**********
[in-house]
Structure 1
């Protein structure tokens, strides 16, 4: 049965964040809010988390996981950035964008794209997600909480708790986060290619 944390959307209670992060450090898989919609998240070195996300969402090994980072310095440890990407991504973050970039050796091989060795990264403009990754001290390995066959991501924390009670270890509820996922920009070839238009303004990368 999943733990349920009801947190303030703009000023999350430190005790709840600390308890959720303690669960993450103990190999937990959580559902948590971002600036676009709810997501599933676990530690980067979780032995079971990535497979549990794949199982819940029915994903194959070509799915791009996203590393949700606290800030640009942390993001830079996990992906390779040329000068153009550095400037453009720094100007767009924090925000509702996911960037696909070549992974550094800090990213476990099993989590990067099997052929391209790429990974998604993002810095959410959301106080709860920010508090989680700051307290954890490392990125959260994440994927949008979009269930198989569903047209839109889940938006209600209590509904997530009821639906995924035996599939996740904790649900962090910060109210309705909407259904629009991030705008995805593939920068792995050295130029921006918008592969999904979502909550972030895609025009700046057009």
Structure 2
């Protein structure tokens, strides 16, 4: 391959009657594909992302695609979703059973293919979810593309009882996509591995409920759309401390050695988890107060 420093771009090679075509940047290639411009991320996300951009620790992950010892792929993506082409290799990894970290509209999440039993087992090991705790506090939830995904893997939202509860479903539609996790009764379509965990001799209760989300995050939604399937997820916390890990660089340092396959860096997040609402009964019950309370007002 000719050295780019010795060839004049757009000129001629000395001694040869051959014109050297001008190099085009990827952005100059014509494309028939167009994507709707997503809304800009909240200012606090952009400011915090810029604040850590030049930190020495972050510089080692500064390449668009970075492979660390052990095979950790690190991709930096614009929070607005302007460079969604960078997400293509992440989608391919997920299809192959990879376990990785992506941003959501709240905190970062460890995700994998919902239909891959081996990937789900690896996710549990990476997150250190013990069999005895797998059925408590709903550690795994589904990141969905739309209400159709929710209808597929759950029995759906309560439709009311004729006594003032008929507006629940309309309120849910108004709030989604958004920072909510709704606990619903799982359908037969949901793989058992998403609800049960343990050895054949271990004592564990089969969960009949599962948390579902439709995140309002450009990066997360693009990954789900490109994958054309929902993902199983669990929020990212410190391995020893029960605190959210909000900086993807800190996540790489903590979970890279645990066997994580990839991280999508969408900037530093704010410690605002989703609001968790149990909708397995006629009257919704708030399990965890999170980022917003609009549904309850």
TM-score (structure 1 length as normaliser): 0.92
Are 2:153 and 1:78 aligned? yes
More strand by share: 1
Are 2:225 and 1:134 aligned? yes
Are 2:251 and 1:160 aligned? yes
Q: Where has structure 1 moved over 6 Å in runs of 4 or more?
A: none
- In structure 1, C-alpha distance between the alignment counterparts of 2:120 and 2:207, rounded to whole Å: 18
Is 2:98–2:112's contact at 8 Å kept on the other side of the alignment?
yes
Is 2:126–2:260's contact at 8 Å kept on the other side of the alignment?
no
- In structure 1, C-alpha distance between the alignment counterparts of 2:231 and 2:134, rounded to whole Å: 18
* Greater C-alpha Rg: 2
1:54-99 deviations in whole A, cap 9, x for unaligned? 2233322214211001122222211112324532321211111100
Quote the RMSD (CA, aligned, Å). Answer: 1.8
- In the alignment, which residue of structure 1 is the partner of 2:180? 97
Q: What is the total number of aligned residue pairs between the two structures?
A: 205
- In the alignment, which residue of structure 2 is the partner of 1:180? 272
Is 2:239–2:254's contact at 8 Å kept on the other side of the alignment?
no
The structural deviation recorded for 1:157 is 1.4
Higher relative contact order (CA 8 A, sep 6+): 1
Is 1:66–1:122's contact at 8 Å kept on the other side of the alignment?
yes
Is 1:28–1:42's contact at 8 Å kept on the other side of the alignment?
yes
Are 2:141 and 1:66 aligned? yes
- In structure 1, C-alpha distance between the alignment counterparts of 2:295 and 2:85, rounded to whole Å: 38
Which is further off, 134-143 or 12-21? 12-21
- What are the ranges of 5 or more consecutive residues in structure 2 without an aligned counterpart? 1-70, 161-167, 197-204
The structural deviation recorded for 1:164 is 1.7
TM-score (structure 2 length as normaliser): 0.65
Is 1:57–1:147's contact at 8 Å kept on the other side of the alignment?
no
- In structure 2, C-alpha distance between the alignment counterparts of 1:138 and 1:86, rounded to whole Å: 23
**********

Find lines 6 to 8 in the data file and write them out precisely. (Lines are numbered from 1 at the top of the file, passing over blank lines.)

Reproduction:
TM-score (structure 1 length as normaliser): 0.92
Are 2:153 and 1:78 aligned? yes
More strand by share: 1